Every database file contains a single page that contains information about the file itself. It is called the file header page. The file header page is always the first page of any file, page 0.
Like any other page, using DBCC PAGE with type 3 (after turning trace flag 3604 on for the connection) is a good way to dive into the page's content:
DBCC TRACEON(3604); DBCC PAGE(0,1,0,3);
Below is the beginning of the page header for this page.
As you can see, the page type for the file header page is 15. If you run the statement yourself, you will notice that the output of DBCC PAGE for this page type is not as clean as we would like.
Instead of trying to make sense of the output, there is an easier way, the also undocumented DBCC FILEHEADER command:
DBCC FILEHEADER takes two parameters. The first is the database id or the database name. If you pass in 0 as in the example above, the current database is used. The second parameter is the file id, the same value you would use as second parameter for the DBCC PAGE command. DBCC FILEHEADER can be used for log files too. As log files are not organized in pages, DBCC PAGE fails if you attempt to access a log file with it.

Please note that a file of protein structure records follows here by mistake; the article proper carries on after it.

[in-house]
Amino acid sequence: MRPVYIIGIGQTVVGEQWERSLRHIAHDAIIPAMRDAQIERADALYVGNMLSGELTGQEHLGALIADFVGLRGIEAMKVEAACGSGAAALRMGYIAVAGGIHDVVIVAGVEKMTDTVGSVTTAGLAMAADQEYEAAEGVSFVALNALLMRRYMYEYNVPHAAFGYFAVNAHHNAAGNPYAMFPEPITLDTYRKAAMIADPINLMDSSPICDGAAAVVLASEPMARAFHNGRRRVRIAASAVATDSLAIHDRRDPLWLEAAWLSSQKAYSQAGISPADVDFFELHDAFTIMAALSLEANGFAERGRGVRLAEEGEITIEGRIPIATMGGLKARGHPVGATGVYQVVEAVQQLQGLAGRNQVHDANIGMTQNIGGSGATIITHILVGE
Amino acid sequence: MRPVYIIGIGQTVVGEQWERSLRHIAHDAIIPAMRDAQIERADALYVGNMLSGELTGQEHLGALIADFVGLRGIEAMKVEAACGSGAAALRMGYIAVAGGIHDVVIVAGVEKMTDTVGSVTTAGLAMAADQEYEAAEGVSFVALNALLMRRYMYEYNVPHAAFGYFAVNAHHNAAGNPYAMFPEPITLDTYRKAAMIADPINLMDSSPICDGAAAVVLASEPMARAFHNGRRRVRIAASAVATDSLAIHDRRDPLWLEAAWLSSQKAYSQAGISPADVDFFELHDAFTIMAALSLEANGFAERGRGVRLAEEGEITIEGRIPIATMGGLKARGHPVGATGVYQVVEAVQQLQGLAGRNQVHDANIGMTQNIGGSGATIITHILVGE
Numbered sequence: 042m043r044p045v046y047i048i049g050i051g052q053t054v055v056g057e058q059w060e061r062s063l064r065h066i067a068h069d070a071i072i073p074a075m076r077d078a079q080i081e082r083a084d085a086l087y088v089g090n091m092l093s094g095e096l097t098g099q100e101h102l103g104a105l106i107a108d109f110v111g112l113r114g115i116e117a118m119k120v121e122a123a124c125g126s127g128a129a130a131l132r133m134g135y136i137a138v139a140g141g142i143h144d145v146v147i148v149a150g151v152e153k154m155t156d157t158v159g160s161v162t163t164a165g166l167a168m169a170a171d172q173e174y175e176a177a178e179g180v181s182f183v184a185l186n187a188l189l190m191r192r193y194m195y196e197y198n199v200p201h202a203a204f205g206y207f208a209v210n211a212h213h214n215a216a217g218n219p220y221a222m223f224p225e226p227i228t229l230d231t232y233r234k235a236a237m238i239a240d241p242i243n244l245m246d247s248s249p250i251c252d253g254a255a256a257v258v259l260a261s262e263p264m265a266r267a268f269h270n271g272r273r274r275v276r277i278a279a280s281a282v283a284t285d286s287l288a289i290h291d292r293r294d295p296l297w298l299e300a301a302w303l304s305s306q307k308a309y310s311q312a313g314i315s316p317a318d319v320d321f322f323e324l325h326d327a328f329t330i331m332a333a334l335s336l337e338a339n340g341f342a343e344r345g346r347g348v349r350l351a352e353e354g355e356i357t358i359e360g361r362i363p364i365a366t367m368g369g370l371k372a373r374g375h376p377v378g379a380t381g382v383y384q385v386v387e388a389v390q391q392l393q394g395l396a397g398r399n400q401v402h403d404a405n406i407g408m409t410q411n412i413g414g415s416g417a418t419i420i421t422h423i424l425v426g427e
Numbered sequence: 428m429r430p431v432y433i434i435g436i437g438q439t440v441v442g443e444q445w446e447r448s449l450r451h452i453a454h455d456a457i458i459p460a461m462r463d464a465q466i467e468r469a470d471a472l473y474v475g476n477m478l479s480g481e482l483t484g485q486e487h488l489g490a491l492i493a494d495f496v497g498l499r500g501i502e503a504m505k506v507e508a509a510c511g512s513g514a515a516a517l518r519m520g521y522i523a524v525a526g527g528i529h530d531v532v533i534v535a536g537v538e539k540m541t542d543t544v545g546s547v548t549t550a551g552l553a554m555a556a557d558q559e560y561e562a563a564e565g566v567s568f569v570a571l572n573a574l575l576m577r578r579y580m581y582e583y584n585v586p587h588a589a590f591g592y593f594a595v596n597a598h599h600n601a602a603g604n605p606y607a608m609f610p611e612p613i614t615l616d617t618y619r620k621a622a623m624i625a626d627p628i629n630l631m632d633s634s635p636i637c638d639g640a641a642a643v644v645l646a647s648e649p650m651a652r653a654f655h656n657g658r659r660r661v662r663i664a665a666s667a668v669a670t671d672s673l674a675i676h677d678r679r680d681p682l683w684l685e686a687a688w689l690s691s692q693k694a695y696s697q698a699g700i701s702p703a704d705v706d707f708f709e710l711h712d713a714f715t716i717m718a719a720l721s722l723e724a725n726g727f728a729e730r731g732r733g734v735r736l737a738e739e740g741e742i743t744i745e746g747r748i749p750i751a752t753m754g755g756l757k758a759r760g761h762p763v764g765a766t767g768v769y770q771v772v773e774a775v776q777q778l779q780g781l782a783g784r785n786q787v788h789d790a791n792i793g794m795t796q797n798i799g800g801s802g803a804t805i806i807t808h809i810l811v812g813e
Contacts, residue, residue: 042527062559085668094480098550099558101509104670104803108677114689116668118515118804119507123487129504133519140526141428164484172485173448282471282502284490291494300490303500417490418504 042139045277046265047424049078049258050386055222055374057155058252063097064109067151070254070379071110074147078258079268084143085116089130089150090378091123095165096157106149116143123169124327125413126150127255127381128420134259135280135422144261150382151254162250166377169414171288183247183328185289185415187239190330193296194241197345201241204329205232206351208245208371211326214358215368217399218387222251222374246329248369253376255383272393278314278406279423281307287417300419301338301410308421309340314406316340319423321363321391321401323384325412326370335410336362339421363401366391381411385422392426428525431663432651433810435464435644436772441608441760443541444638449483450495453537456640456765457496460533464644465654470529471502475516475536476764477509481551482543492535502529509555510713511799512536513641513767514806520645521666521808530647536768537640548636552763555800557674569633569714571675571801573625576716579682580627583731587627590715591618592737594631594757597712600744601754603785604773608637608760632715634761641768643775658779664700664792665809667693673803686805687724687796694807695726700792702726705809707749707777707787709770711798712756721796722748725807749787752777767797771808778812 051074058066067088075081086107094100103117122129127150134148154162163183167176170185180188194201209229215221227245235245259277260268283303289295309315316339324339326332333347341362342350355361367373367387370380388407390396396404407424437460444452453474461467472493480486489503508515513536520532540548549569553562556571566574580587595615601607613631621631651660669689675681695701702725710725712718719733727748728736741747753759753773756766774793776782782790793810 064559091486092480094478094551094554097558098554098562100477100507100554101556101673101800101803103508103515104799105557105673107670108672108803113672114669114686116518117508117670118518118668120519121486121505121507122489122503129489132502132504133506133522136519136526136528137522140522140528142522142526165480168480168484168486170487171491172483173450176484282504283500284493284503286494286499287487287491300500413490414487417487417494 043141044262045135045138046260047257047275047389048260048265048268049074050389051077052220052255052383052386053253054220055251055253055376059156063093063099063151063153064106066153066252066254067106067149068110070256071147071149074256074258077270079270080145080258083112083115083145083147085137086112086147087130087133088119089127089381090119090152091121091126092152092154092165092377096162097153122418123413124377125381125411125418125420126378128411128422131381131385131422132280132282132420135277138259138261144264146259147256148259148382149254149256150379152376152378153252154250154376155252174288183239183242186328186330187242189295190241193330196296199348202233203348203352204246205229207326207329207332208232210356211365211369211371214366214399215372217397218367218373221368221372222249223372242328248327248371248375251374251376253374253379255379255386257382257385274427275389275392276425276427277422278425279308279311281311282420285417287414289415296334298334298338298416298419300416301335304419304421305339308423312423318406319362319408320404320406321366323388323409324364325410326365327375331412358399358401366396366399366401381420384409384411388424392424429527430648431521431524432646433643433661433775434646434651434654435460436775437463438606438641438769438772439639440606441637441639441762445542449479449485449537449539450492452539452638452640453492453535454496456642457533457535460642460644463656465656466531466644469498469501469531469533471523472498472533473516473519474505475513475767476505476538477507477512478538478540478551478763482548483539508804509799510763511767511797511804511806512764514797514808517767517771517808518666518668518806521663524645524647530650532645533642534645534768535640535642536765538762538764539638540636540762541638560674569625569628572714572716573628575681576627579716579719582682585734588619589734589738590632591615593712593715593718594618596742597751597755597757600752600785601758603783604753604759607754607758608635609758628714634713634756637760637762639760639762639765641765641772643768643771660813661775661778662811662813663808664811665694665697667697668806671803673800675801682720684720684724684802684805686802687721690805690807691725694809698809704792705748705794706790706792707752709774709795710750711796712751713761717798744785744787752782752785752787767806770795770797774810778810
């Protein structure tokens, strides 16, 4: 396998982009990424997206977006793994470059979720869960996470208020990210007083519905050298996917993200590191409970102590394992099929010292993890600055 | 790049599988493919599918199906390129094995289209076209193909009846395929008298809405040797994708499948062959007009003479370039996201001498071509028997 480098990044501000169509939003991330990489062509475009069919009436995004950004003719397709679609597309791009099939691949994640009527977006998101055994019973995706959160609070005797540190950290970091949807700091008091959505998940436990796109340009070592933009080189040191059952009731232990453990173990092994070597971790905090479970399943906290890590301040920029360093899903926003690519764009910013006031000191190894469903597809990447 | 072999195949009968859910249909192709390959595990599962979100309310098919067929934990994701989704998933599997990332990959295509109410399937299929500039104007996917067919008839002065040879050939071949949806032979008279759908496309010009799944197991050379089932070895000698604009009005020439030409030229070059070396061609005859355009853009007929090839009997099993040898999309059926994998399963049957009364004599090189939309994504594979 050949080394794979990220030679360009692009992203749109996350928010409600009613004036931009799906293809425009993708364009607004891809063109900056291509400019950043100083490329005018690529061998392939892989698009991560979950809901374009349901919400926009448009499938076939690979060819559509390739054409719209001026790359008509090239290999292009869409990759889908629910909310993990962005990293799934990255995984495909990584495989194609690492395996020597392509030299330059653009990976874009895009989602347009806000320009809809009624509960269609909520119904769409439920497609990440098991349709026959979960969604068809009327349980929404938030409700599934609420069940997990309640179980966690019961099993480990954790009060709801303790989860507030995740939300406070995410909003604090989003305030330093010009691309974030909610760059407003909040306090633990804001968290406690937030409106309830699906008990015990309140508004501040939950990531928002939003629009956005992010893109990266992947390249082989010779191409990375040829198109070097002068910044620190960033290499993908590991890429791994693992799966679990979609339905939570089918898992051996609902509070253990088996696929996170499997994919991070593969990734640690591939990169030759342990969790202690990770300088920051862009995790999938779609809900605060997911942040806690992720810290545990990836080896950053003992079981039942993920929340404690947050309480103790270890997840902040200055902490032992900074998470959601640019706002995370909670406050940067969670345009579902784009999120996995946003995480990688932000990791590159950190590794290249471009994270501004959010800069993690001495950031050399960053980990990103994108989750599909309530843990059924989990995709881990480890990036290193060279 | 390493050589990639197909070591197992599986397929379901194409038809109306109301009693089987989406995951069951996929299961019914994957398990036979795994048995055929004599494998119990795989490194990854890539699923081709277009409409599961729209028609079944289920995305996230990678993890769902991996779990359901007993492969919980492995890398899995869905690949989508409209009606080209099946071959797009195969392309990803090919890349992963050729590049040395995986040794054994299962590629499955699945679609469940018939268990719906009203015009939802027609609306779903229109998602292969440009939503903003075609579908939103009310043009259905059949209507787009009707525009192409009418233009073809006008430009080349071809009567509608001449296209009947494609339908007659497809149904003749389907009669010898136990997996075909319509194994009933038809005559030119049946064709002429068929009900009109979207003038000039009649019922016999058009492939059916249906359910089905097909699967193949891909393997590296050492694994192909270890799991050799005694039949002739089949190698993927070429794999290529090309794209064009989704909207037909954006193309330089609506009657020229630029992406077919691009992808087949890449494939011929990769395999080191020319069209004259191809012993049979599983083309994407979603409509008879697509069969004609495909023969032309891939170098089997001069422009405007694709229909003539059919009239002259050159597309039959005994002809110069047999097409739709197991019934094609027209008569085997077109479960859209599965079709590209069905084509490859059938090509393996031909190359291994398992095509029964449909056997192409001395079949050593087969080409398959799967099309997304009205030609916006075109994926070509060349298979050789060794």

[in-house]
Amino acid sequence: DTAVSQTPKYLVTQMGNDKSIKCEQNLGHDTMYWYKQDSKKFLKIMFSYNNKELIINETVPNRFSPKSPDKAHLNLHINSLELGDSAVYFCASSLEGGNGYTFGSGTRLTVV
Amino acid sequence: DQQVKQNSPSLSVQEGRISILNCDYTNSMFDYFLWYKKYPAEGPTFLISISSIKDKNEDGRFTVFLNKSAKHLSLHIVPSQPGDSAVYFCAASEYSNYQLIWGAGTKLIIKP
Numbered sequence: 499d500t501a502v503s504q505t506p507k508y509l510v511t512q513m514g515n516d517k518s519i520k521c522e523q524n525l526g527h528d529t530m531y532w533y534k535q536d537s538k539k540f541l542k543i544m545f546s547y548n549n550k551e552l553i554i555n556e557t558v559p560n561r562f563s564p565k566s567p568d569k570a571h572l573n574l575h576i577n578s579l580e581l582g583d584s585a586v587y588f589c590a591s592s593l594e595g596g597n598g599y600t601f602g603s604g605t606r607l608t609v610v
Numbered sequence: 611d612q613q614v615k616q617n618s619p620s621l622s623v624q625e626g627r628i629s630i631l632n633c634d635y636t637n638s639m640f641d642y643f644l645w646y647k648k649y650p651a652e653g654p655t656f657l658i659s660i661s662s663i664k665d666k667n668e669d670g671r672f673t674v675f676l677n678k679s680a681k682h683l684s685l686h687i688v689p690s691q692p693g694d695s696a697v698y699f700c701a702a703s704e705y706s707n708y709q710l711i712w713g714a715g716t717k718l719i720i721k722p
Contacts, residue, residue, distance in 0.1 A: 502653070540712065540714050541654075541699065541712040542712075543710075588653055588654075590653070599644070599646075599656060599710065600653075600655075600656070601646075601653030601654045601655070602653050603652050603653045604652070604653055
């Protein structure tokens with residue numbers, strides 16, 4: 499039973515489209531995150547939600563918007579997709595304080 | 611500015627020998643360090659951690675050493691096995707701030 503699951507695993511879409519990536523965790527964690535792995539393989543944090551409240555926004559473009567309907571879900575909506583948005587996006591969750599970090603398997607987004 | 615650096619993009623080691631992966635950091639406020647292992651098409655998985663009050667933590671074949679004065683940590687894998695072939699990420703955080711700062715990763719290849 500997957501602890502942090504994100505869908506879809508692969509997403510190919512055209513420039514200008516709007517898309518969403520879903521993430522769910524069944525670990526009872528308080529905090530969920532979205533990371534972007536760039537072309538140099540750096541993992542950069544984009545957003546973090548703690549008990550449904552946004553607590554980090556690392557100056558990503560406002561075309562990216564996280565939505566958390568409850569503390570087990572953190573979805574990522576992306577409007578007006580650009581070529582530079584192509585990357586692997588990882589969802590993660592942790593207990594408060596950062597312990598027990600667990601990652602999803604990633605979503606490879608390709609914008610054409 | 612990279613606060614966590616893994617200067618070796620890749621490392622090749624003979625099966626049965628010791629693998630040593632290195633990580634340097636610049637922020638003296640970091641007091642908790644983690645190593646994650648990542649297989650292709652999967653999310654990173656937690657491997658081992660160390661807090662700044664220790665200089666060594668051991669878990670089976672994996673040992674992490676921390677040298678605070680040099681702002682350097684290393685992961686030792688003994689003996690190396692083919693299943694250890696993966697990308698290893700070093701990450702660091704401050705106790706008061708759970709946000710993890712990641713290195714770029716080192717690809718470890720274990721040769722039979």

DBCC FILEHEADER produces a single result set as output:
Most of the values deal with backup management but for example, the file name is in there too. Below is the complete list of values returned.
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The one thing you can see immediately is that I have not been very diligent backing up this database…
While we are talking about backups, there is one special behavior with file header pages that should not go unmentioned: If the file header page should ever become corrupt, SQL Server will refuse to even touch that file. While for other pages, you might be able to read "around" the problem by mounting the database in emergency mode and/or executing DBCC CHECKDB with one of the repair options, if the file header page becomes corrupt you are out of luck. The only way to recover from this situation is to restore a good and recent backup.
Every database file includes a file header. For data files, it is stored in a special page, the file header page. While you could use DBCC PAGE for file header pages, the DBCC FILEHEADER command offers a more readable output and has the added benefit to work with log files too.